Road Trip: Washington State’s Olympic Peninsula

Road Trip: Washington State’s Olympic Peninsula

Discovering adventures in the PNW, exploring new sights and enjoying great food are some of our favorite things to do. This June we embarked on a 10-day quest to the northwest corner of the state of Washington. Here are some of the highlights of our epic journey.

Quinalt rainforest

One of our goals was to see the rainforest. Yes, a real rainforest. In the Pacific Northwest! This is not the tropical variety but it’s a temperate rainforest, chock full of some the lushest, moss-covered, fern-loaded, leafy, verdant forests.

In the Quinault Valley, we were surrounded by Sitka Spruce, Western Hemlock, Mountain Hemlock, Douglas Fir and Western Red Cedar as we regaled in the unspoiled splendor of creeks and waterfalls around almost every corner. The water and air in this part of the world are decidedly some of the most pristine we’ve ever experienced.







Turning toward the mighty Pacific ocean, an unexpected discovery in the Olympic National Park was Ruby Beach. This is not your swimsuit, sun-tanning beach destination. Characterized by its rugged, isolated location and by its many sea stacks, this stretch of coast is also a protected wildlife sanctuary. We arrived at low tide and were delighted with tide pools brimming with anemone, crab and sea stars. This is the perfect beach for you if you like exploring tide pools, sighting wildlife such as birds, otters, and whales, hiking and beachcombing. Ruby Beach is a perfect example of the remote wilderness and incomparable beauty of the PNW.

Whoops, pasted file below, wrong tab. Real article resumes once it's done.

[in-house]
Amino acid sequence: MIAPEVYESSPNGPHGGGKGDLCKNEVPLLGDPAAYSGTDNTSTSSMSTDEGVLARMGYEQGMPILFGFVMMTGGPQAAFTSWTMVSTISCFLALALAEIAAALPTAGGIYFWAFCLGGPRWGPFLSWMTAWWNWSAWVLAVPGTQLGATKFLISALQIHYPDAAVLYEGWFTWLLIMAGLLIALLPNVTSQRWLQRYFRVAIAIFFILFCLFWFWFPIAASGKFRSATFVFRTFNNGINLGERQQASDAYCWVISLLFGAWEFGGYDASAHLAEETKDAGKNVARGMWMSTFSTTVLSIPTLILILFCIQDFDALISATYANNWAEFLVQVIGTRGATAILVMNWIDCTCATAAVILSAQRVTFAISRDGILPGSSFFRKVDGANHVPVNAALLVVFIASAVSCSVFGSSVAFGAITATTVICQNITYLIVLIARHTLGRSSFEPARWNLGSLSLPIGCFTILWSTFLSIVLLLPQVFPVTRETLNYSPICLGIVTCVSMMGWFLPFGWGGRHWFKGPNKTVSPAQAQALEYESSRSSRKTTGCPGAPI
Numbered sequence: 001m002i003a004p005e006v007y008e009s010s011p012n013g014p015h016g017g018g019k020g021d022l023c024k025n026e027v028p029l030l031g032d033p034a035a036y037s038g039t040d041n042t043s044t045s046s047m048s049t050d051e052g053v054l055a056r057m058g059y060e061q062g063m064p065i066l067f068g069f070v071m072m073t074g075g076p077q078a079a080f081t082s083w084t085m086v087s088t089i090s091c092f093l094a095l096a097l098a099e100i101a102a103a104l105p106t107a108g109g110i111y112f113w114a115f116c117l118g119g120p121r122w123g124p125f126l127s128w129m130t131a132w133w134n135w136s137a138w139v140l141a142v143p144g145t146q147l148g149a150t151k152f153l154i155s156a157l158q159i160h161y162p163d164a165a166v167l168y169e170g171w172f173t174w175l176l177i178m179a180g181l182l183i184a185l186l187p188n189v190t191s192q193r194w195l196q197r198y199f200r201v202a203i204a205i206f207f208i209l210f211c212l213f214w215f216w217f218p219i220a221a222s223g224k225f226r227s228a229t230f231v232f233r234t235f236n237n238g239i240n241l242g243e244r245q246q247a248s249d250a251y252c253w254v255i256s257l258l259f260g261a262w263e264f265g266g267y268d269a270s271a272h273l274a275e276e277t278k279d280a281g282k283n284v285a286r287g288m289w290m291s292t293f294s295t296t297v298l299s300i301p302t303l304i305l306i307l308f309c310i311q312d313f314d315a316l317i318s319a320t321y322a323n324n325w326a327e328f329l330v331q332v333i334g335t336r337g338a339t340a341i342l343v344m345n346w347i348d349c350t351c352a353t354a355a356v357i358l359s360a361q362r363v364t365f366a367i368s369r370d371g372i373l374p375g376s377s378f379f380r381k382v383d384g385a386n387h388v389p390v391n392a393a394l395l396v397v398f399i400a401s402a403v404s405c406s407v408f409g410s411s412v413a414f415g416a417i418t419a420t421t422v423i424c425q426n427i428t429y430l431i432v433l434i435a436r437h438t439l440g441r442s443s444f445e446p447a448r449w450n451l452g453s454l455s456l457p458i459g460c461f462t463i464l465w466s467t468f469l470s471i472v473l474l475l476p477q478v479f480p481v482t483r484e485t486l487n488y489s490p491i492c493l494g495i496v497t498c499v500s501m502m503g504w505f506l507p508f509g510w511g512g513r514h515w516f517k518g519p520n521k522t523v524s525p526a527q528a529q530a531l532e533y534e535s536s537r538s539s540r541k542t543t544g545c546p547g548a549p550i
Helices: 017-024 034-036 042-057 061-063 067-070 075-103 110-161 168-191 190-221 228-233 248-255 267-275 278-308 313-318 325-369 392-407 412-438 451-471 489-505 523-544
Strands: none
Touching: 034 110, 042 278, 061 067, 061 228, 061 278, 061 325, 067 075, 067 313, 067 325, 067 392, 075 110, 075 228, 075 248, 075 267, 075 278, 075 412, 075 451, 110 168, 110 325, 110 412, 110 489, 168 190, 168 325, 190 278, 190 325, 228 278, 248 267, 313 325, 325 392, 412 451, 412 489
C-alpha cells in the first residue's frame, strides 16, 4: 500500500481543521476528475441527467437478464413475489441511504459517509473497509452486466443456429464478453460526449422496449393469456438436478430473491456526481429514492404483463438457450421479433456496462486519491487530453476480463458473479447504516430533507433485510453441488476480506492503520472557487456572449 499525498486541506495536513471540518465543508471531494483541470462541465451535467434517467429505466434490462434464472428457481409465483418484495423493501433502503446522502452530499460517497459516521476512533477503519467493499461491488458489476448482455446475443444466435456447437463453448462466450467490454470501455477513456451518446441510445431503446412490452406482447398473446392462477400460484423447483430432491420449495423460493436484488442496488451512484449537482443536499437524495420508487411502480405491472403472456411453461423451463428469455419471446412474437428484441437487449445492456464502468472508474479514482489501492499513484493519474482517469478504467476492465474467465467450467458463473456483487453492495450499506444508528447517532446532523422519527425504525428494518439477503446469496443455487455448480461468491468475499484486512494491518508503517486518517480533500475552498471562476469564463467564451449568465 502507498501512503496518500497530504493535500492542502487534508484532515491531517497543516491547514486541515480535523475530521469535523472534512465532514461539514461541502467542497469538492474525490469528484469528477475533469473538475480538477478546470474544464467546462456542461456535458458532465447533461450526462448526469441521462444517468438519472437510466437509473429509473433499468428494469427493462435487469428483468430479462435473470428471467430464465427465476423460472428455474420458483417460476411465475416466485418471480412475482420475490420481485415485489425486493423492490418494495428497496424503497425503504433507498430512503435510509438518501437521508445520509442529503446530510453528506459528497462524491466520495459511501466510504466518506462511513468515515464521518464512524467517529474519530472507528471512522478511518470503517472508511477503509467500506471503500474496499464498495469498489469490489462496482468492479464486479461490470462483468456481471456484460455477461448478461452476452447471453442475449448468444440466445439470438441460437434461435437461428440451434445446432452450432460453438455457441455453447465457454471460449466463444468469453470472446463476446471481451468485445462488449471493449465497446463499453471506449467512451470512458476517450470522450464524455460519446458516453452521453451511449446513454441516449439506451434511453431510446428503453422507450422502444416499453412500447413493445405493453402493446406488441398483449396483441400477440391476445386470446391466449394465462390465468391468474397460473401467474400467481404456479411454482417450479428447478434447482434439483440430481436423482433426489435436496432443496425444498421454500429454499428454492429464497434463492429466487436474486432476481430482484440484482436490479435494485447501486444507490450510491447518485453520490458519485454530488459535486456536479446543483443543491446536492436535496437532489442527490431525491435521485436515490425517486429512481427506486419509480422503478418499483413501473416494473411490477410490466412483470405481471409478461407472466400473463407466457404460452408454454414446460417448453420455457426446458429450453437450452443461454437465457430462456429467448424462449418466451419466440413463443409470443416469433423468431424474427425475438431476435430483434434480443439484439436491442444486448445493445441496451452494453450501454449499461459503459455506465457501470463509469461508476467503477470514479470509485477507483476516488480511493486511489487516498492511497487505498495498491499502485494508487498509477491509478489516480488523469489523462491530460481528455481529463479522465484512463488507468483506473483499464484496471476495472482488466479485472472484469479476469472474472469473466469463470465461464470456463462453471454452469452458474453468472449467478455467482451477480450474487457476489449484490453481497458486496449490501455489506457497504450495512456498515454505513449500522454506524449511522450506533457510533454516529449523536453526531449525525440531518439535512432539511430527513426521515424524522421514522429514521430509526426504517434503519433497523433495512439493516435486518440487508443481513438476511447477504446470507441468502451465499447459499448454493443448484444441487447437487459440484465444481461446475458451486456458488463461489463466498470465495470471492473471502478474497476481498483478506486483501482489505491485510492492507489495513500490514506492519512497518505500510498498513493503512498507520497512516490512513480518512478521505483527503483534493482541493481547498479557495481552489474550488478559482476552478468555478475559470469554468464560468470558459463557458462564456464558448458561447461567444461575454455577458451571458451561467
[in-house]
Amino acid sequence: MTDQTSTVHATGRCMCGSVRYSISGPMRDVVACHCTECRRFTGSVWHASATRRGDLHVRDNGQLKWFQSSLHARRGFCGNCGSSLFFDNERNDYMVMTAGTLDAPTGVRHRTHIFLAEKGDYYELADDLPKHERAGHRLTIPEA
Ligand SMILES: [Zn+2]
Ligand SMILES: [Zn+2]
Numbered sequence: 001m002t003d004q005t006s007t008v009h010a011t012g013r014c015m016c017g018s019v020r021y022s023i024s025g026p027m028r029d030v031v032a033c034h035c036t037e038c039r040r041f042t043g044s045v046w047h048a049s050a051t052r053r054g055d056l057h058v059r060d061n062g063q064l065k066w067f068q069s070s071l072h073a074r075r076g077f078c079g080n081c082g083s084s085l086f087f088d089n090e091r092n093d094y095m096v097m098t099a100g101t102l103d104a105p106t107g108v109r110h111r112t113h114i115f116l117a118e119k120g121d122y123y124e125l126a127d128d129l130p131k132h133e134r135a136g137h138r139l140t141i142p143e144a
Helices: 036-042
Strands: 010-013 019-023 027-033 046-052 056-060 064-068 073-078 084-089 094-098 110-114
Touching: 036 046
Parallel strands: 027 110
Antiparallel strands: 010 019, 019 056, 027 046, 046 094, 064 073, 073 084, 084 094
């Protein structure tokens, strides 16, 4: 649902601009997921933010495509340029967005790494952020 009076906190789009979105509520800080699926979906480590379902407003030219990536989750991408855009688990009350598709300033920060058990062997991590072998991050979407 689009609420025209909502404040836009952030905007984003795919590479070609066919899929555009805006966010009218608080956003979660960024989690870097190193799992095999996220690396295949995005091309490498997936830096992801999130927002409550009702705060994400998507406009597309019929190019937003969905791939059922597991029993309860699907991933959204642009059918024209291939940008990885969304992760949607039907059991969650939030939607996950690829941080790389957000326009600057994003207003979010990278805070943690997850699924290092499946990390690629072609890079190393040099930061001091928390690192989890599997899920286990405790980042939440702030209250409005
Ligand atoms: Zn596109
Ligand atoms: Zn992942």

Ruby Beachtidepools


salt creek

Another surprise was the Salt Creek Recreation Area located near Port Angeles. This area offered us stunning views of the Strait of Juan de Fuca and Victoria B.C. We recommend checking out the tide pools at Tongue Point Marine Life Sanctuary. Historic Camp Hayden offers some interesting facts about the area.

Of course, we treated ourselves to some of the distinctive cuisines of the PNW. Both Doogers and Pike Place clam chowders were checked off of our list, as was halibut and Copper River Salmon (the best!). Naturally, we indulged in some local craft brews, we recommend Stumptown Tart Belgian Style Ale.


We’ll wrap up this recap with a most spectacular destination, Hurricane Ridge. The slow, winding drive up to 5,242 feet teased us with glimpses of snow-capped mountain peaks along the way and then at the top opened up to a sweeping panoramic view of Mount Olympus and surrounding peaks. We hiked up to Sunrise Point through the pristine, unspoiled Olympic National Park wilderness.

Hurricane Ridge

Thanks for following along on our journey. See you on the trail.




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